Sunday, January 21, 2018

Long Way Down

When my book club wanted to read A Christmas Carol for our December selection, I put up a fuss because I have gone through that plot too many times: I've seen Scrooge McDuck and just about every other version of that story structure. We picked another title and I decided to read Jason Reynolds' Long Way Down. Which, it turns out, follows the same idea as Dickens' classic. Ugh.

At least it was a quick read. Written in verse, although not the best verse, I was able to get through the book in a day. Young readers will like how quickly they will be able to speed through it, and maybe getting visited by ghosts from the past will be novel to them. I'm sure it will be a popular title, I just wish I had read something else instead.

Long Way Down was just optioned to make a movie, which is interesting because the whole book takes place in the course of 60 seconds. I won't be seeing the movie, but I'm sure I'll hear from my students about how it is done.

Monday, January 15, 2018

Patina (Track #2)

According to Goodreads, it took me almost a month to read Patina. It felt way longer than that! I read Jason Reynolds' first book in the series, Ghost, in a day, so I was shocked that I dragged my feet on this one. I think it would have gone faster if I had a physical copy, rather than reading it on my phone, but that hasn't stopped me from tearing through other books.

Patty is on the same track team as Ghost and she has a lot of issues in her life: a school where she doesn't fit in, a sick mother who can't take care of her, the responsibility of a little sister hanging over her head. On the other hand, she has a lot of blessings like a track team who accepts her, an aunt and uncle who are raising her, and the opportunity to attend a great school. I liked the balance in the book, that there are two sides to every drama. It's up to Patty to decide how she wants to see her situation.

Patina didn't click for me, but I think it will for many readers. I am eager to read the third book in the series, Sunny, and see if I like it as much as Ghost, or if it falls closer to Patina for me.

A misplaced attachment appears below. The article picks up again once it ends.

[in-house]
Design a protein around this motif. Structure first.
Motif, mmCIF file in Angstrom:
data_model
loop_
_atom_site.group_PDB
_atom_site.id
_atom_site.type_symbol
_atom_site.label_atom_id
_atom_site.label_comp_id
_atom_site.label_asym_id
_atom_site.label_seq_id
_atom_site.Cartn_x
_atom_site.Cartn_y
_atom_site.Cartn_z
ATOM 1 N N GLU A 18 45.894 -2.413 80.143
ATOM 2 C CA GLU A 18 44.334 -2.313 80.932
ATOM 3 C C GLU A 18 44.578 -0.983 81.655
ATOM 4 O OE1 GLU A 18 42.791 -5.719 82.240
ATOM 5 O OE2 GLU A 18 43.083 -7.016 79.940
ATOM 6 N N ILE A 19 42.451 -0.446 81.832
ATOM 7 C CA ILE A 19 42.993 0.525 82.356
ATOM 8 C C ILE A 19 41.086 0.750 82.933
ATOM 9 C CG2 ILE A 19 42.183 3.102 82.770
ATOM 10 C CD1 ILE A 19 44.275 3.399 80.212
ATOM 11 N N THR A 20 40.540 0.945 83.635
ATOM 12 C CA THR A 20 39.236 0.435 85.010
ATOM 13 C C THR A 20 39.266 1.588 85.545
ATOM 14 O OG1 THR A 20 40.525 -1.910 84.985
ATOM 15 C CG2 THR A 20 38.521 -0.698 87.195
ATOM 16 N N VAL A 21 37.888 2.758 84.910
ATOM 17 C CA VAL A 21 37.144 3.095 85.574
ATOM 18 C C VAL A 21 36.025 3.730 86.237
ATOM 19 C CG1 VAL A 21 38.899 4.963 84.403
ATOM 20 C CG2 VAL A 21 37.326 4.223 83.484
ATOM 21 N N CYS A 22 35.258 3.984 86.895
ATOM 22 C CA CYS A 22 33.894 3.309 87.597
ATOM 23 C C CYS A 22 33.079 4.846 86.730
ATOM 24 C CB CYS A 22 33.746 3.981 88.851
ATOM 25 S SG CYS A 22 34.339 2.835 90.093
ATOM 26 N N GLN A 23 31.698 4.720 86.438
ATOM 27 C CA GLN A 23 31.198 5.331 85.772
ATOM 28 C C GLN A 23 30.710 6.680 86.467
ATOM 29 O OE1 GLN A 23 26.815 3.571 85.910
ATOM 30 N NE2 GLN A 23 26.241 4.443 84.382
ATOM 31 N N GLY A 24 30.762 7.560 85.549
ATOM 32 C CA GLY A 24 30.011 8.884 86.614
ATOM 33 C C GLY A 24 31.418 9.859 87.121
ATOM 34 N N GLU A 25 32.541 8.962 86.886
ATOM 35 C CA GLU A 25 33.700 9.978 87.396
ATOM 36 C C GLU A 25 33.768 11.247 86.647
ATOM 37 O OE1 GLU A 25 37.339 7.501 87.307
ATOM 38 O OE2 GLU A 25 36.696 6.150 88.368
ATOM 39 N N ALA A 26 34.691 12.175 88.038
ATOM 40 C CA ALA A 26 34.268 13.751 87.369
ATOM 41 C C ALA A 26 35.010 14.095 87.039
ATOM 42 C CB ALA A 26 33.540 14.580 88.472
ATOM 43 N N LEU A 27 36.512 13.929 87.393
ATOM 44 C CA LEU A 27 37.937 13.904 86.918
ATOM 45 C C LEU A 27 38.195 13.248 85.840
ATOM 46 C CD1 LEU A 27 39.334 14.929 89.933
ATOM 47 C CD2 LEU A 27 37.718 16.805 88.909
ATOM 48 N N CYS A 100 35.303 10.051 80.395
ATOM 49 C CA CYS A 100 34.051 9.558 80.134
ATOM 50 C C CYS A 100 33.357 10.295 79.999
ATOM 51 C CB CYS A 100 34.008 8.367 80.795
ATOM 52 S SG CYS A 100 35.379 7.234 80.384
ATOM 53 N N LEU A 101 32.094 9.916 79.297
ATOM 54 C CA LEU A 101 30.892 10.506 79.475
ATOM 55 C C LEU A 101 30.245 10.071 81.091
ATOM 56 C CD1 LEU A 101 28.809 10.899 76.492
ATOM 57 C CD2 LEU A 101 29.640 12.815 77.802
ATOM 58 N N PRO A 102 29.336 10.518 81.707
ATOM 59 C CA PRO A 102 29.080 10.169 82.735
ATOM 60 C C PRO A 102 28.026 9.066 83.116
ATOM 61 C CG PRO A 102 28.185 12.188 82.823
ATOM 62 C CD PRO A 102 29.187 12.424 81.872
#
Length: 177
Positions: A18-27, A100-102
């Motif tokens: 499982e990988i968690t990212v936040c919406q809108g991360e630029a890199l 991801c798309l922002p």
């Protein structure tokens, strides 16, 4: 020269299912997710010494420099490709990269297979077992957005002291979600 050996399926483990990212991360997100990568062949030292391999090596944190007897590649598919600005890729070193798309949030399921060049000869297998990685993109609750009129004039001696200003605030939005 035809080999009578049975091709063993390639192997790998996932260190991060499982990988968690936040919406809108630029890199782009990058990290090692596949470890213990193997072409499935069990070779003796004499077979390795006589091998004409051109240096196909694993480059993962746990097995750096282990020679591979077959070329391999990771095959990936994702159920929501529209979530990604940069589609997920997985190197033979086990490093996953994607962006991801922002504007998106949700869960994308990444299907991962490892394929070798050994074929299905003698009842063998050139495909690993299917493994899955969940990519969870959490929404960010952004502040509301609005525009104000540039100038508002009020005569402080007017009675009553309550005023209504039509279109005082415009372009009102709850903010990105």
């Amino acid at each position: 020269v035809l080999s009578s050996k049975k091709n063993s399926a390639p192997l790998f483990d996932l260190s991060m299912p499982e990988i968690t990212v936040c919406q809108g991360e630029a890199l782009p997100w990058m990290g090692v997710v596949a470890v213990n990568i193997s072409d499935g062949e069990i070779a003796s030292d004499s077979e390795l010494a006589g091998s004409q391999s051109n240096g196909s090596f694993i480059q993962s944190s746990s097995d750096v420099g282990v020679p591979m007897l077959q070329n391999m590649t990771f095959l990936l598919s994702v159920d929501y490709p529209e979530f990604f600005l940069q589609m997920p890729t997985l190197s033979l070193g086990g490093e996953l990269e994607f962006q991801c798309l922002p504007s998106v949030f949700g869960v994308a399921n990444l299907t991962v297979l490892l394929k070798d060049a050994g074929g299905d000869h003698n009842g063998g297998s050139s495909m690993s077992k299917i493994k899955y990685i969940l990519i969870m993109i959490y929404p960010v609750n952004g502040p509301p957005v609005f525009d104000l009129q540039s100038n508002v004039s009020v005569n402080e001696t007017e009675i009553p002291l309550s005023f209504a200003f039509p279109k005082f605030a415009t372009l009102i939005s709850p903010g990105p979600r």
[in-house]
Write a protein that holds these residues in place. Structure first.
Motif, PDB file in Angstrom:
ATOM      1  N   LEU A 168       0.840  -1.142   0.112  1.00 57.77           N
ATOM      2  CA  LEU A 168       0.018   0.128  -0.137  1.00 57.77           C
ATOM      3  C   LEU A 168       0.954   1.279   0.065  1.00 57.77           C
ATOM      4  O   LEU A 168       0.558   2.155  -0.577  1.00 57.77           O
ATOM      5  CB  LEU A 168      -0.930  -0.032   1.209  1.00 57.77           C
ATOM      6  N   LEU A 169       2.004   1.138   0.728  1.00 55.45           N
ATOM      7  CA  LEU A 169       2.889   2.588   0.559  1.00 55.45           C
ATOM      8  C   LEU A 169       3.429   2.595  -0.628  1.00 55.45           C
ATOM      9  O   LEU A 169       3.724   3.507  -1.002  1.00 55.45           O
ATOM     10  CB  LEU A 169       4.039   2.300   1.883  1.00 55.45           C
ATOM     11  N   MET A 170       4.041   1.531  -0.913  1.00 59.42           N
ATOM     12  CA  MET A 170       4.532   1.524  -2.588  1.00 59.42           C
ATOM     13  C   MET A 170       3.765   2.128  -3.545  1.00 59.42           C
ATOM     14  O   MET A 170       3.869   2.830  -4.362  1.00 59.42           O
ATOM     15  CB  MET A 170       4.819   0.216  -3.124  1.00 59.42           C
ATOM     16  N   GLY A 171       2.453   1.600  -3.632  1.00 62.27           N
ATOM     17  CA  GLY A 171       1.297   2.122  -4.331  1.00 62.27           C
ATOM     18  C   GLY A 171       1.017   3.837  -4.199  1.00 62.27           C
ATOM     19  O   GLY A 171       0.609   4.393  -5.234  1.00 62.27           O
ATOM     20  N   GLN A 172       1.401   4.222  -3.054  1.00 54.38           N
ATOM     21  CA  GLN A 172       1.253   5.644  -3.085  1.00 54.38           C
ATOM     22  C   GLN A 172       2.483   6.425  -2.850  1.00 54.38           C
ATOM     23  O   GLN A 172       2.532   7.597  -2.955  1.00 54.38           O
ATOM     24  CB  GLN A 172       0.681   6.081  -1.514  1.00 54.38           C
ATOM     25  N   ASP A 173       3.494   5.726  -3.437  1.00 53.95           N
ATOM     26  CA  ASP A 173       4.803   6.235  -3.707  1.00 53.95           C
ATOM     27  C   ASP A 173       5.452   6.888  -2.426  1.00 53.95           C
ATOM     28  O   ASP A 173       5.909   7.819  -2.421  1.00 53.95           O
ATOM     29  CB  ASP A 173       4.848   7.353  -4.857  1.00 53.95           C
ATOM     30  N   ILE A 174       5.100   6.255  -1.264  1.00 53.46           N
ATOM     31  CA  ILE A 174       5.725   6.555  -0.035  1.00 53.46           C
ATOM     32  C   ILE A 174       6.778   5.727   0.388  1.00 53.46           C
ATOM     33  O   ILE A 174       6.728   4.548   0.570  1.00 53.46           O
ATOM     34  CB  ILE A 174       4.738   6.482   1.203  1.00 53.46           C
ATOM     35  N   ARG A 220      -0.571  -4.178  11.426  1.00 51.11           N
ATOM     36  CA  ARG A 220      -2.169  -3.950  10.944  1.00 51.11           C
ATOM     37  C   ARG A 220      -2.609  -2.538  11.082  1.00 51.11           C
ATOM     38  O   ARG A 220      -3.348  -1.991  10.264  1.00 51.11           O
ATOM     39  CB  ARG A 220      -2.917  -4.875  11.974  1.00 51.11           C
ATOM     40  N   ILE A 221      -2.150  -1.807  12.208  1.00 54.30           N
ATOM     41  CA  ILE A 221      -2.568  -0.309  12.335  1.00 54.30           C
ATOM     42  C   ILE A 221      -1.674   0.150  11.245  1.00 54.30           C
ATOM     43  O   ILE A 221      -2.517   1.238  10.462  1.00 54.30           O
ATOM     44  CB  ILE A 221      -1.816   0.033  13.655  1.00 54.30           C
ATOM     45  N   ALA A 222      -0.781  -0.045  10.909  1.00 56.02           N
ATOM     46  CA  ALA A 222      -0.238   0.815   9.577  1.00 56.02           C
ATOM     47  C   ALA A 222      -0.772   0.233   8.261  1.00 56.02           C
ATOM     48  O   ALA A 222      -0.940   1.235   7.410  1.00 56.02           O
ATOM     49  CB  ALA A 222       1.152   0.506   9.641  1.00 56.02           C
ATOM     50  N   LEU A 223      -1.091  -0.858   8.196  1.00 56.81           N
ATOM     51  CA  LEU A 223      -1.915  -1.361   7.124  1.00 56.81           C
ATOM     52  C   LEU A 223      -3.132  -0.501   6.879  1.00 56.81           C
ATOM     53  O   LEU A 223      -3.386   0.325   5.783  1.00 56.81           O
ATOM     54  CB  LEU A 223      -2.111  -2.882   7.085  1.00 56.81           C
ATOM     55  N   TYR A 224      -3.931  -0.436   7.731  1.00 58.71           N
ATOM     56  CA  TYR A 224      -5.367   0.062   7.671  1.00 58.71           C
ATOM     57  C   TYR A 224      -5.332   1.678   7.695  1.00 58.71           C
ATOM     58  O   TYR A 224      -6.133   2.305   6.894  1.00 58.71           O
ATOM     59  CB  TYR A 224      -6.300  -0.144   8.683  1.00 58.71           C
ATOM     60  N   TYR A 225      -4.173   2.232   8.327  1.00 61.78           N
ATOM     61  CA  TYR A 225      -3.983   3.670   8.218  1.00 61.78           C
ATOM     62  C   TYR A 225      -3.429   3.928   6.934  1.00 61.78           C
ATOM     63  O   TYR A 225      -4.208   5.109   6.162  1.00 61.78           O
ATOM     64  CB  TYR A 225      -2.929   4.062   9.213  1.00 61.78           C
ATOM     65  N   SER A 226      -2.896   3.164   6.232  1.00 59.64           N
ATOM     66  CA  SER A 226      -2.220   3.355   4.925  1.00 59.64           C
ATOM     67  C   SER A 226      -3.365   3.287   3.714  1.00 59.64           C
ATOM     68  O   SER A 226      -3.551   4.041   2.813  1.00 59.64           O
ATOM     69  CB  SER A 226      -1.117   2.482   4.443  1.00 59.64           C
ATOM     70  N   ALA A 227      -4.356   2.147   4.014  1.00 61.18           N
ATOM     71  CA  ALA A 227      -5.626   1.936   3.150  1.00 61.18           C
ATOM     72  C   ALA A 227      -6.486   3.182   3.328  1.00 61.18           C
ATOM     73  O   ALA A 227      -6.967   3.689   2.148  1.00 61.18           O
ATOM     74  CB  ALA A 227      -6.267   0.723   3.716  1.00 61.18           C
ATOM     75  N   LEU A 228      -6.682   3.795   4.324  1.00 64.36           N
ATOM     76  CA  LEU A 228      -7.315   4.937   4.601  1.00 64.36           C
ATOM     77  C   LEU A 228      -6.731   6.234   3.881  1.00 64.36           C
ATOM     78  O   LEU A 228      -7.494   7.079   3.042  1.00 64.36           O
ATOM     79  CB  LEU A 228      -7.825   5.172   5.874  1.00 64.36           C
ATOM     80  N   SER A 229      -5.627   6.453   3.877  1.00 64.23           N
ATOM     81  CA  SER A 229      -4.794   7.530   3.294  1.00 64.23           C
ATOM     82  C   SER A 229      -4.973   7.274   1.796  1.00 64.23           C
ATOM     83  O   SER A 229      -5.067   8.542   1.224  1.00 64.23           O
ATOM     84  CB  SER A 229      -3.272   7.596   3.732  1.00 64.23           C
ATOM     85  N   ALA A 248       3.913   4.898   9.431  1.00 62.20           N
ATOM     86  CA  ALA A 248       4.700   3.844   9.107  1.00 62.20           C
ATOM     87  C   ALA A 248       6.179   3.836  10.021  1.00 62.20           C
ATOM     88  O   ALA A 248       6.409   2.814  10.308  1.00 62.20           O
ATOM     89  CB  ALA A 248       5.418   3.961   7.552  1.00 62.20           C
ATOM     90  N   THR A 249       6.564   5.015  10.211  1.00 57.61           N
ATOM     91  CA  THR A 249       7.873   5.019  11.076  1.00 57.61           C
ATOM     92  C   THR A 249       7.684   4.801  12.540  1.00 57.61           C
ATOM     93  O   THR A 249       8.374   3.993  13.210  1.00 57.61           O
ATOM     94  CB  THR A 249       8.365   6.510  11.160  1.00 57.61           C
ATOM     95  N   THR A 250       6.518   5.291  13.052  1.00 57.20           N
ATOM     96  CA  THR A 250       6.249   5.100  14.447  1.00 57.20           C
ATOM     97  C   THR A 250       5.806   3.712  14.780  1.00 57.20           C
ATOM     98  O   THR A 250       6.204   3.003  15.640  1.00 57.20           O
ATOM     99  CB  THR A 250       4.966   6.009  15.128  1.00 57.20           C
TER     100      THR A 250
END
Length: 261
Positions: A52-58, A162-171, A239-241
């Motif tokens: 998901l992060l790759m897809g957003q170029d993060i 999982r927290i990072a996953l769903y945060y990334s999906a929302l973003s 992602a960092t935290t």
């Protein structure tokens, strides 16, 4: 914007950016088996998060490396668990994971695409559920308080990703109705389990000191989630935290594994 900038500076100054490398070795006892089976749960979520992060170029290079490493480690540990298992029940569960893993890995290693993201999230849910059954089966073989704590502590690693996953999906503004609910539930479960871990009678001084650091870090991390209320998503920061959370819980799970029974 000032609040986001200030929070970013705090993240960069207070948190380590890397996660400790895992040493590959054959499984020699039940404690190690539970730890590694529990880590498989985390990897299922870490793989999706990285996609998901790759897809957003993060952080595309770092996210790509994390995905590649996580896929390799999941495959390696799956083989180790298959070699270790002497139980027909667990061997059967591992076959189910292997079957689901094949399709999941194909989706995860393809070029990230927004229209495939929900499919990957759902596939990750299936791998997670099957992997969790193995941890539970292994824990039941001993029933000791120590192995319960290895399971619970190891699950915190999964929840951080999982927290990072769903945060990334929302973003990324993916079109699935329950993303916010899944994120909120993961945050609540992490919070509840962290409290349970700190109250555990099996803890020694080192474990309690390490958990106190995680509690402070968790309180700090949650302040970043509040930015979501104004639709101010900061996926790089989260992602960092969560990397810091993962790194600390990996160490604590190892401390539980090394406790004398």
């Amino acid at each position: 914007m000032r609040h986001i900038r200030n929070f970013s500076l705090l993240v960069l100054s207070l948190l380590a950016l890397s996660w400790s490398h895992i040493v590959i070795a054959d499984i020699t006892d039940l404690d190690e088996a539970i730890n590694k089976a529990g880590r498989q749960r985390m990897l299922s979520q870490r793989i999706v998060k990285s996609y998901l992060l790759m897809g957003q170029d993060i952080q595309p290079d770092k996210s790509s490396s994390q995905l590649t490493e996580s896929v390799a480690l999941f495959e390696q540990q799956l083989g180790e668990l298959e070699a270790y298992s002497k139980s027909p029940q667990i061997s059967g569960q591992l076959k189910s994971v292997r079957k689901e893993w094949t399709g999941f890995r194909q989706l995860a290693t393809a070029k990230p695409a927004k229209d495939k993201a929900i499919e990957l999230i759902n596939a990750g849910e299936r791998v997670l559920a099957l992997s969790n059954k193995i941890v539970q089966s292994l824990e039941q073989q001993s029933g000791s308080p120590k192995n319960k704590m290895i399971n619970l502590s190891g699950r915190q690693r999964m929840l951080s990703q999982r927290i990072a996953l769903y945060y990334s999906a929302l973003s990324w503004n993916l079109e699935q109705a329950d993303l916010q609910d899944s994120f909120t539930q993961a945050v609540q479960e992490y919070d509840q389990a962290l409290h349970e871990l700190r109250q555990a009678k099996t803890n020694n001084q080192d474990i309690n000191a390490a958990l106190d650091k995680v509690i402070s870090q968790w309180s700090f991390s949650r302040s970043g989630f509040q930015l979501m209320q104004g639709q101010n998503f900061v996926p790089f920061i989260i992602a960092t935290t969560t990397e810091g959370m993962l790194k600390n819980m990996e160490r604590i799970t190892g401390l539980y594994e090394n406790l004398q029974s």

Monday, January 8, 2018

Picture Books About Women Who Persisted

At my school in The Bahamas, the 4th grade does a unit on biographies and there is always a lack of titles about women. While there may be a dearth of middle grade chapter books in that category (especially in The Bahamas), there is a new crop of picture books that I highly recommend that those classes explore. Best of all, they are written and illustrated by women.

I'm a Boston native but did not know anything about Bobbi Gibb, the first woman to run the Boston Marathon. The Girl Who Ran by Frances Poletti and Kristina Yee has changed that. I loved this book and all the small details it shared about her courageous run. I hadn't thought about gear, but Gibb ran the 26 miles in a bathing suit and men's shoes, as proper sports equipment for women in 1966. It brings to mind the quote about Ginger Rogers doing everything Fred Astaire did, but in heels and backwards.

The Girl Who Ran is ripe for discussion about bravery, equality, and barriers that still need to be shattered. It should be in every school library.

Another excellent picture book biography is Pocket Full of Colors: The Magical World of Mary Blair, Disney Artist Extraordinaire. In it, Amy Guglielmo writes about the first female illustrator in the Disney studios. Most famous for the "It's a Small World" exhibition at Disney World, Mary Blair spent her life collecting colors and making the world a more beautiful place. Throughout the book, there are so many color names I've never heard of before. The back endpaper has them written out in the appropriate color, a fun detail for readers to explore. Brigette Barrager's illustrations do justice to a book that is all about the majesty of color. I slowed way down to appreciate their retro beauty. 

Of the bunch, The World is Not a Rectangle is my favorite. I had never heard of Iraqi architect Zaha Hadid, and Jeanette Winter's books inspired me to do more research to see photos of her work. What a revolutionary mind! I love how the author continually tied Hadid's inspiration back to nature, showing the buildings paired with their natural counterpart. Hadid's architecture looks like the future and many of her buildings have been added to my life list, thanks to this book.